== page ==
Design for Six Sigma - Six Sigma

The title of this chapter has a dual meaning; the author believes firstly that the vast majority of the quality characteristics of any product are determined during the design phase of the project and secondly for many organisations the quality that they achieve occurs by chance and not by design. The purpose is to take the reader through the life cycle of a product from identification of the need to operation in the field. Although these notes are written about the introduction of a new product to the market place, all of the concepts apply equally to a service.

Design for Six Sigma (DFSS, or Quality by Design) can be applied in two situations:

  • When designing a new product, service or process: By giving attention at this early stage to customer satisfaction and variability reduction breakthrough changes can be achieved.
  • When traditional Six Sigma cannot achieve suicient improvement: Due to the limitations of working with an existing process it may not be possible to reach acceptable Sigma levels. There is a commonly held view that Six Sigma can only get a process to 5 Sigma levels and to reach Six Sigma we need to apply DFSS. This is spurious (as can be seen from the example project in this book) but the general principle that DFSS can deliver higher Sigma levels holds because it delivers more leverage and more options as discussed below.


The design stage has much more leverage for improvement than the latter stages, as decisions made there have a disproportionate effect on design quality and customer value.

The cost of problem resolution

Figure shows the relative cost of solving a problem in different phases of the design process. It is derived from information gathered during aerospace projects, but has become widely accepted throughout industry. During the design phase potential problems with the design will be identified and usually the cost of resolving these changes will be small if they are identified early enough so that consequential changes are minimized. If a decision not to make a particular change is made for whatever reason, for every £1 that would have been spent in the design phase, £10 will have to be spent in the development phase if it decided that the change is necessary after all. If it is not until production that a decision is made to implement the same change, the cost is now £100 for every £1 that it would have cost in the design phase.

Finally, that same change would cost 1000 times more if a decision is made to correct items already delivered to the customers. Figure is drawn to scale and yet the representation of in - service problem resolution costs is conservative because these are the costs associated with product recalls, or if the item is subject to dealer service, a free modification at the next scheduled service. All of the problems that do not justify such drastic action are not resolved for countless customers who have to put up with the standard of the product as they purchased it. Consequently, there is likely to be a hidden cost of not resolving problems that customers subsequently have to live with, namely, the costs associated with dissatisfied customers who may not only fail to buy the same product again, but also Publicise their dissatisfaction to their friends.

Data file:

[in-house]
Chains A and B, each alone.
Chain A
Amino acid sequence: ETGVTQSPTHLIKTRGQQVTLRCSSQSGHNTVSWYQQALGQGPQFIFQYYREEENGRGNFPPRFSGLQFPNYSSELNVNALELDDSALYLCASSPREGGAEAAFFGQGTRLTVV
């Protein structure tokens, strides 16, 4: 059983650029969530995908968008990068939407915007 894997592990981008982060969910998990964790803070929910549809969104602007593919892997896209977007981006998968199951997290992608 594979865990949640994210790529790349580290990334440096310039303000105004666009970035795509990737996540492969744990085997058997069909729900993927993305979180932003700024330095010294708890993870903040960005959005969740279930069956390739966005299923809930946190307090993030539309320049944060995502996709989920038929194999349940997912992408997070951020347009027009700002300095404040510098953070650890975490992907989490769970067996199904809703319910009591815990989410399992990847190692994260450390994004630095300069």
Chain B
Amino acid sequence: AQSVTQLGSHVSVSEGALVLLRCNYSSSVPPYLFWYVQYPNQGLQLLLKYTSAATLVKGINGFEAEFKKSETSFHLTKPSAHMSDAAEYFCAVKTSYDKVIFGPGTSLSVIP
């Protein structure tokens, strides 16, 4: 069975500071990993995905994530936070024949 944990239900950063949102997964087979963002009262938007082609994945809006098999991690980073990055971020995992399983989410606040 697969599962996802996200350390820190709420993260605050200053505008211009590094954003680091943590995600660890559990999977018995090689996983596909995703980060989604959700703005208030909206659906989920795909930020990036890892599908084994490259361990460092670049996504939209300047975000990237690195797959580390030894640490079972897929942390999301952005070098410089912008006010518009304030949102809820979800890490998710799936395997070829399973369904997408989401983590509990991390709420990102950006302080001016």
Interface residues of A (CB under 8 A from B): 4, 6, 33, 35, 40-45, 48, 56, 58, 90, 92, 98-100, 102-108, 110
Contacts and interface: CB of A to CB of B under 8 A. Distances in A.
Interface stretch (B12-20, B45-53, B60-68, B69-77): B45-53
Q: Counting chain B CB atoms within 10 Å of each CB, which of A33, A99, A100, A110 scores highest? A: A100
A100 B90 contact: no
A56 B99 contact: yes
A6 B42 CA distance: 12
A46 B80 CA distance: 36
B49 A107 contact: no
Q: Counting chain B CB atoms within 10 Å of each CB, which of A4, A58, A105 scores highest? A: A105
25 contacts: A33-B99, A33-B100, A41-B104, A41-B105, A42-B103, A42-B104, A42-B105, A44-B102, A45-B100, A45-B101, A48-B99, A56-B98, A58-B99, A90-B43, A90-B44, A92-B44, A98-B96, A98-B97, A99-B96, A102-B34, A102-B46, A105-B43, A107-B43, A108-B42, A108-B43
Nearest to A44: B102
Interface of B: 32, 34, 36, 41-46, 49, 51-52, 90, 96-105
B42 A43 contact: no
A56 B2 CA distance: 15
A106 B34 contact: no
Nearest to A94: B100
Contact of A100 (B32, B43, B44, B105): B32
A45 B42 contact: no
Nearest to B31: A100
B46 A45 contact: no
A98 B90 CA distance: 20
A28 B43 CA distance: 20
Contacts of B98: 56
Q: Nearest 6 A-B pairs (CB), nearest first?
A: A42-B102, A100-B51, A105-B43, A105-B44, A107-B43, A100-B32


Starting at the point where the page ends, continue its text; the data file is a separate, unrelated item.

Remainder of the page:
Committed costs vs. actual spend (Adapted from Yang and El-Haik, 2003)

Figure shows a typical relationship between the committed costs and actual spend during a product development programme of military aerospace equipment, but the author believes that there would be little difference in the shape of these curves in most product sectors.

The important concept there is that for most programmes, the design phase is conducted with minimal actual expenditure. Design teams have tended to be small in the early stages of the programme and financial commitment to the project occurs at a relatively late stage, often after early prototyping has commenced. The problem with this approach to product development is that experience shows that about 80% of the future costs associated with the product are likely to be committed by the end of the design phase, the stage during which minimal resources are expended. During the development and production phases when actual expenditure ramps up sharply, there is a decreasing opportunity to make changes which significantly affect the outcome of the programme.


When we are improving an existing process certain of the parameters we could control are out of scope. We cannot, for example, reasonably change the shape of a car panel as this would not only be very expensive, but would be highly disruptive to production. If we begin to work on customer focused, variability minimized products and services at the design stage we have much more flexibility in terms of what we can control.

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